As they attempted to kickstart a stalling campaign in which many pundits and pollsters are already calling for the Liberal government, Labor made their campaign launch about two words; choice, and understanding.
"This election is a battle of our generation for true believers," Bill Shorten said, flanked by benches of his shadow cabinet team.
"It's our time. Our chance to be more than a face in the crowd... In the end, the choice for Australians is simple."
Chris Bowen, aspiring treasurer, painted himself and his party as the compassionate managers of the nation's purse strings, in contrast to unpopular cuts overseen by the government.
"We understand," he repeated.
"Bill Shorten understands."
It was a relatively intimate theatre setting in Penrith, deep in the heartland of western Sydney, where Labor officially launched their campaign. The casual observer might be confused by the "launch" coming at this point – "hasn't this election been going for a year already?" would not be an unfair response – but it was so that the chosen few hundred assembled on a rainy, drizzly day to hear Shorten, Bowen, Tanya Plibersek and other Labor luminaries assemble for an event sitting somewhere between pep talk, rally and stump speech.
There had to have been one hundred corflutes dotted around the entrance alone, staked into the ground and cable-tied to portable fences erected out front – half bearing the face of Lindsay candidate Emma Husar, the others of Bill Shorten's beaming mug. A lone Nick Xenophon Team candidate braved the rain, his orange shirt and corflute (bearing a double-size rendition of his own head, hanging just below his actual head) adding a rare dash of diversity among a sea of red. Another small but hardy band of WestConnex protesters quietly strung a banner to a tree, as a pair of police moved a little closer to keep a watchful eye. Ministers and backbenchers and state premiers slowly filtered in, a proper who's-who of Labor politics from all corners of the country.
As we file into the auditorium, a sea of red curtains and red banners and red shirts and red ties and red mood lighting, there's a standing ovation for former Prime Ministers Gillard, Keating and Hawke in the front row. In contrast, Kevin Rudd, conspicuous in his absence, is later mentioned by Shorten as being overseas – barely a peep or clap was heard.
"There's more fight in Bob Hawke's right arm than in Malcolm Turnbull's whole front bench," Shorten roars, in an assertion we'd like the ABC Fact Check unit to investigate.
It is a launch trotting out some of the ALP's greatest hits from the election trail scare campaign so far; claims that a returned Turnbull government would bring in a 15 percent GST, a state-based income tax, $100,000 university degrees; that a Shorten government would "save" Medicare, support local jobs and young workers, work for housing affordability, commit to a better national broadband network and marriage equality and action on climate change; painting the ALP as the party for the people, and the Coalition as the party for business.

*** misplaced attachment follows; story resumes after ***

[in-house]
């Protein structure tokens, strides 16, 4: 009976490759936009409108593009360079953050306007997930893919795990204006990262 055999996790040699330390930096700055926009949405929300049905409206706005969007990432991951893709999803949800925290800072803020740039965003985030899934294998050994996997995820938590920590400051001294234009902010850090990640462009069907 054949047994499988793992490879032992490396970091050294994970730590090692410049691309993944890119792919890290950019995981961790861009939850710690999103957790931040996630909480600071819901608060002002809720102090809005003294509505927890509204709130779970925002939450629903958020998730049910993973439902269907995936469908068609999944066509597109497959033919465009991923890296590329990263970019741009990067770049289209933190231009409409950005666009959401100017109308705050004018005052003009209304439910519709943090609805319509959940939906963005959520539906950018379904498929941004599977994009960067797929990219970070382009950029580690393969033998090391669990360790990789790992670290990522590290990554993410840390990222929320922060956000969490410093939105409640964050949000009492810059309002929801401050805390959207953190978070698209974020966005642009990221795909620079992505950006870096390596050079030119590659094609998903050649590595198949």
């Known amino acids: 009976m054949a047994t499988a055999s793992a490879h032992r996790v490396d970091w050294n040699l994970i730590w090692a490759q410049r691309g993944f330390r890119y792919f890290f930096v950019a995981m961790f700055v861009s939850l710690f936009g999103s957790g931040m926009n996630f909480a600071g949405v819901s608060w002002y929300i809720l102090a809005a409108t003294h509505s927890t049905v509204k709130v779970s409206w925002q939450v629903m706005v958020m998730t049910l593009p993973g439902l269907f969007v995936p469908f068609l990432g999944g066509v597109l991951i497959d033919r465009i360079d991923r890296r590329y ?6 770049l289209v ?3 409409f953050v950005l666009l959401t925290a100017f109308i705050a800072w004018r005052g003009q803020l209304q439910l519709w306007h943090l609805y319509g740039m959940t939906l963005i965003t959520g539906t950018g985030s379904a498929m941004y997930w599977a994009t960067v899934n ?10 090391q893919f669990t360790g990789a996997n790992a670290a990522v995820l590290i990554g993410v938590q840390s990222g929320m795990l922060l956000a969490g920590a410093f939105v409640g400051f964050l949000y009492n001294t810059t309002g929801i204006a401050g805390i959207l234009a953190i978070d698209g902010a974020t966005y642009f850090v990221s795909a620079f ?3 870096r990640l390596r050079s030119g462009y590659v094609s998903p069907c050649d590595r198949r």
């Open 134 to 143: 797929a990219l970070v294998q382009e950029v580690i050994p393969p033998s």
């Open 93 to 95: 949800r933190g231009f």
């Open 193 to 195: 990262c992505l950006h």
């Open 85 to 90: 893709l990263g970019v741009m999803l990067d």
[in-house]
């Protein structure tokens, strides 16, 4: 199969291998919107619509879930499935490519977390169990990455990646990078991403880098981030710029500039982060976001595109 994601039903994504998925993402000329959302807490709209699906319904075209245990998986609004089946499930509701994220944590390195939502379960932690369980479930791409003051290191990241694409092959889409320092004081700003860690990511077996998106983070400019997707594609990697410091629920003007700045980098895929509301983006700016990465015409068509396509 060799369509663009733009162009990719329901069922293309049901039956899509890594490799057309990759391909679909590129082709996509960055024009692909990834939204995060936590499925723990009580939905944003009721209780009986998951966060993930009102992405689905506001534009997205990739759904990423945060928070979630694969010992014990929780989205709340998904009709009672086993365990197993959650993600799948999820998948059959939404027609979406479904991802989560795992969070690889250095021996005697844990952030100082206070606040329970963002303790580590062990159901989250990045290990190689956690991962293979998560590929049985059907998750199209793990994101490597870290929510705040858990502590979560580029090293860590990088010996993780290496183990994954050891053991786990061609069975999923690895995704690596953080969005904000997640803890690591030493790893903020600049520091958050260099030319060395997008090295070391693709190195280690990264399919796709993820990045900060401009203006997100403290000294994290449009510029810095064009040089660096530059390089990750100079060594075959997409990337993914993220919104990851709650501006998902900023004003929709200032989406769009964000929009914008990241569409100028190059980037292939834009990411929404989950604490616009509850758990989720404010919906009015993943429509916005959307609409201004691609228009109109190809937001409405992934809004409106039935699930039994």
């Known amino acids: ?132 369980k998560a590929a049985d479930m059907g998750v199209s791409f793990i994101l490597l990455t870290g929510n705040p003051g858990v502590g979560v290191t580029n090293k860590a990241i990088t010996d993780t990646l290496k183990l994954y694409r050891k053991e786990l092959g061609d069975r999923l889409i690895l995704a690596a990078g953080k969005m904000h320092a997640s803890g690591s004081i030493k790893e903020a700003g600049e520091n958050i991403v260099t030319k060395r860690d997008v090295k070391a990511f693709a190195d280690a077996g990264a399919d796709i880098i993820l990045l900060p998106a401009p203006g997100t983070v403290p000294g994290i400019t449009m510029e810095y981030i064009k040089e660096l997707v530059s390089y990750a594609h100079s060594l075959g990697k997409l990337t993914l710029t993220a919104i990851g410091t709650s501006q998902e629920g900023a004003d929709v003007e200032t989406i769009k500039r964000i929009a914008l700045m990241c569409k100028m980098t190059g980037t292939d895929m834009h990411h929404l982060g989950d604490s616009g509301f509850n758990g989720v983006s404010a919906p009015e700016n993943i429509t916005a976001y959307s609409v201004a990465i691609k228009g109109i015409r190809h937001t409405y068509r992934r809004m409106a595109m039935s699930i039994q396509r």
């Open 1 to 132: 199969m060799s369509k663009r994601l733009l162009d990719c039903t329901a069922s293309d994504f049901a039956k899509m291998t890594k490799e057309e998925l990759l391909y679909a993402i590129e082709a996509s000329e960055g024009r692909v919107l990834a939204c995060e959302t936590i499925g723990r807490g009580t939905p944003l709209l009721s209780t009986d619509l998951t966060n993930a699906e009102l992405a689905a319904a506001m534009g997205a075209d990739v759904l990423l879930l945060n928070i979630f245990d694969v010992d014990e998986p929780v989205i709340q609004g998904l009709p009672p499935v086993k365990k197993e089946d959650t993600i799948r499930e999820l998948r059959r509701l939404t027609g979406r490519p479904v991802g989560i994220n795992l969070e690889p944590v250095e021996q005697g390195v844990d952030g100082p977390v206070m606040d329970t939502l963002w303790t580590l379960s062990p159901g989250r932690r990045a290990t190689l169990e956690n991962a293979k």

"Hope is not found in a three word slogan," Shorten says, standing beneath a giant banner of Labor's own four word slogan.
Draped over the red backdrop is a massive red banner of Labor's campaign tagline, "we'll put people first", just below a bank of smiling, red-shirted beautiful young people – Plibersek says they represent 100 people representing Labor's 100 positive policies.
Shorten commits to several new policies during his speech. He drops a plan to ensure Australian apprentices comprise ten percent of employees on government infrastructure projects; a tax break for small business to employ under 25s or over 55s or parents or carers, a clear contrast to the government's $50 billion tax cut which was railed against at several points during the speeches; and reversing planned cuts to pathology and diagnostic imaging.
But this was not an engagement meant to surprise or shock, to give much in the way of new policy. It was about hitting key target areas, reminding voters of Labor's commitments (which, understandably, may have been forgotten by casual voters during the mammoth election campaign) and telegraphing the ALP's focus for the remainder of this election's fast-dwindling lifespan.
The main take home message? Despite the pundits writing them off, the pollsters saying Labor is not picking up steam fast enough in key marginal seats, the predictions that the Coalition has done just enough to hang on to government for another three years?
"Mr Turnbull says he's got this in the bag. He claims he has already won. I say to him, you ain't seen nothing yet," Shorten roared.